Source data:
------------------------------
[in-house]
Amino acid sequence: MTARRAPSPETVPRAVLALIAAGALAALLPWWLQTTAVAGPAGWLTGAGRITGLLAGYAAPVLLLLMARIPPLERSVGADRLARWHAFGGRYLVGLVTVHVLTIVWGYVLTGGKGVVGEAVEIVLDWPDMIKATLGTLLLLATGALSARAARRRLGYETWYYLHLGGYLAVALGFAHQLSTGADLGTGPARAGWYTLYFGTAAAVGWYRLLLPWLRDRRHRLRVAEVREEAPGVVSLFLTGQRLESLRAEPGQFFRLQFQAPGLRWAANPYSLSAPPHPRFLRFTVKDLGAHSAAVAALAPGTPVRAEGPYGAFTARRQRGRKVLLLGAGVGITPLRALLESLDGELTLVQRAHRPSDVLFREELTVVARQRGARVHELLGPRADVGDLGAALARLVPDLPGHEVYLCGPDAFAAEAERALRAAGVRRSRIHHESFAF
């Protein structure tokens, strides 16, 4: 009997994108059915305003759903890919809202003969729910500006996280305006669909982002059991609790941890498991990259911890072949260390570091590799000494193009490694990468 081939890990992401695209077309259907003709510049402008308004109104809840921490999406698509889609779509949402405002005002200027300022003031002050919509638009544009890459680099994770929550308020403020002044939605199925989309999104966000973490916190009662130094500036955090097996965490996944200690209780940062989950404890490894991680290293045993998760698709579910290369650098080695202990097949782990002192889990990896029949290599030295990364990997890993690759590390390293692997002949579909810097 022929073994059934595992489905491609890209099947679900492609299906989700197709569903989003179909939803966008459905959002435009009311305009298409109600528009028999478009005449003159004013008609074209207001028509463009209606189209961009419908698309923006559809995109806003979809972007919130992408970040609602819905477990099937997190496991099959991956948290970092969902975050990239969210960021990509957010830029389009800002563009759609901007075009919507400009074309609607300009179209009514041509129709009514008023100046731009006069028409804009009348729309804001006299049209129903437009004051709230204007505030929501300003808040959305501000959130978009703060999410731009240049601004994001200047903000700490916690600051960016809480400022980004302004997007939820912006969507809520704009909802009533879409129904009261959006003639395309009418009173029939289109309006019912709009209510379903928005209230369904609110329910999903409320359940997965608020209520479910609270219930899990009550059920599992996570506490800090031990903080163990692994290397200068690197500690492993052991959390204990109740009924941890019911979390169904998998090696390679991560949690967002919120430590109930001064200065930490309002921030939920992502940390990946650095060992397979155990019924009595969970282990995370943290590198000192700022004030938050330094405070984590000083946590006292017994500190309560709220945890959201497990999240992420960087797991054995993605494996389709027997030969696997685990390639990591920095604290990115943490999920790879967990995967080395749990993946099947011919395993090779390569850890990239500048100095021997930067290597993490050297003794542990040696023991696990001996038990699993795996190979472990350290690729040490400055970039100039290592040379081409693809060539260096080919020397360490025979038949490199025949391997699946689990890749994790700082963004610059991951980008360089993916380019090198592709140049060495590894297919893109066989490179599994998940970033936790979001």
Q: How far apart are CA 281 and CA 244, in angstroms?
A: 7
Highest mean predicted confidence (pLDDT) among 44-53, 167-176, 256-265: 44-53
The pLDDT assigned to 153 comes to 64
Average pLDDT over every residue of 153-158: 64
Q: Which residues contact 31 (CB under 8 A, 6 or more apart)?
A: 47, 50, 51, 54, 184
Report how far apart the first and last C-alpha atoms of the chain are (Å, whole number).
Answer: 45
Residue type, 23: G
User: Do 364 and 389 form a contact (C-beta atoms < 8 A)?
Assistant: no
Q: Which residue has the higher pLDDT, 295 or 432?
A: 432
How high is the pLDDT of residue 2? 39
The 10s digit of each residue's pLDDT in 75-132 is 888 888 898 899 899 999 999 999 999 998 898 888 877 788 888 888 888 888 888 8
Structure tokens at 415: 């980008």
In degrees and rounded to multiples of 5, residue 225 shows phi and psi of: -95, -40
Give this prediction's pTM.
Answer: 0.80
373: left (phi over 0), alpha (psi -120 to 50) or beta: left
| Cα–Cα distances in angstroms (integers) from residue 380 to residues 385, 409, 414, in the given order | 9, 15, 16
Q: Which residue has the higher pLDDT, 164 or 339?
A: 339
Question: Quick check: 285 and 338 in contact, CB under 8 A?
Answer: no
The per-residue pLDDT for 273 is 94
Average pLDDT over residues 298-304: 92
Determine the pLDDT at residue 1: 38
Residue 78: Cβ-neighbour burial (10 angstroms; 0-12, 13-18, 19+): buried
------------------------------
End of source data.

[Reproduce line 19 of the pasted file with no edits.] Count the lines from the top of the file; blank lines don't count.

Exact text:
The 10s digit of each residue's pLDDT in 75-132 is 888 888 898 899 899 999 999 999 999 998 898 888 877 788 888 888 888 888 888 8